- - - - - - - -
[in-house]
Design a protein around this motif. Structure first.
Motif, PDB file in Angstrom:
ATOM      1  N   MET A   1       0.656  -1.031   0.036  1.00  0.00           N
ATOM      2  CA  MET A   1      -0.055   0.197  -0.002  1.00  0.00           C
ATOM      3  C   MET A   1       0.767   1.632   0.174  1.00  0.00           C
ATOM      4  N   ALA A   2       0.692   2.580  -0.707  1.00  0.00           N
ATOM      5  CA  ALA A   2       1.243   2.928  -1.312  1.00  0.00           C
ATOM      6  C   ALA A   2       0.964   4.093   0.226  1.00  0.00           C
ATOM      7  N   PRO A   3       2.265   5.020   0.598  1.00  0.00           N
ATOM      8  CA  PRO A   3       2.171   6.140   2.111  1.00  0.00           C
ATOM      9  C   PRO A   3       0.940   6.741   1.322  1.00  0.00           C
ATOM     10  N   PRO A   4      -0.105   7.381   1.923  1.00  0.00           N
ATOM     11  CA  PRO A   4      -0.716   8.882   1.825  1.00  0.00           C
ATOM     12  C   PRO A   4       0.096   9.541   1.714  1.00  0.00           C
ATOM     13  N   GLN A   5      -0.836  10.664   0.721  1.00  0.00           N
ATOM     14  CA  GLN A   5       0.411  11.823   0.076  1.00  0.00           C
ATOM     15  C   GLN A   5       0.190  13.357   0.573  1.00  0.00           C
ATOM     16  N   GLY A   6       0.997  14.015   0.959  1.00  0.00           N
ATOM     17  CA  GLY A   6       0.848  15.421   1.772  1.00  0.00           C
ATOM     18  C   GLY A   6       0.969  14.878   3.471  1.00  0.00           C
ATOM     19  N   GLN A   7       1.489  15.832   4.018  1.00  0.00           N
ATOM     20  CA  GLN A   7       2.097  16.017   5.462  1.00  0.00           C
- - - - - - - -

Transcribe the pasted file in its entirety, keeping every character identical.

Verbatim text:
[in-house]
Design a protein around this motif. Structure first.
Motif, PDB file in Angstrom:
ATOM      1  N   MET A   1       0.656  -1.031   0.036  1.00  0.00           N
ATOM      2  CA  MET A   1      -0.055   0.197  -0.002  1.00  0.00           C
ATOM      3  C   MET A   1       0.767   1.632   0.174  1.00  0.00           C
ATOM      4  N   ALA A   2       0.692   2.580  -0.707  1.00  0.00           N
ATOM      5  CA  ALA A   2       1.243   2.928  -1.312  1.00  0.00           C
ATOM      6  C   ALA A   2       0.964   4.093   0.226  1.00  0.00           C
ATOM      7  N   PRO A   3       2.265   5.020   0.598  1.00  0.00           N
ATOM      8  CA  PRO A   3       2.171   6.140   2.111  1.00  0.00           C
ATOM      9  C   PRO A   3       0.940   6.741   1.322  1.00  0.00           C
ATOM     10  N   PRO A   4      -0.105   7.381   1.923  1.00  0.00           N
ATOM     11  CA  PRO A   4      -0.716   8.882   1.825  1.00  0.00           C
ATOM     12  C   PRO A   4       0.096   9.541   1.714  1.00  0.00           C
ATOM     13  N   GLN A   5      -0.836  10.664   0.721  1.00  0.00           N
ATOM     14  CA  GLN A   5       0.411  11.823   0.076  1.00  0.00           C
ATOM     15  C   GLN A   5       0.190  13.357   0.573  1.00  0.00           C
ATOM     16  N   GLY A   6       0.997  14.015   0.959  1.00  0.00           N
ATOM     17  CA  GLY A   6       0.848  15.421   1.772  1.00  0.00           C
ATOM     18  C   GLY A   6       0.969  14.878   3.471  1.00  0.00           C
ATOM     19  N   GLN A   7       1.489  15.832   4.018  1.00  0.00           N
ATOM     20  CA  GLN A   7       2.097  16.017   5.462  1.00  0.00           C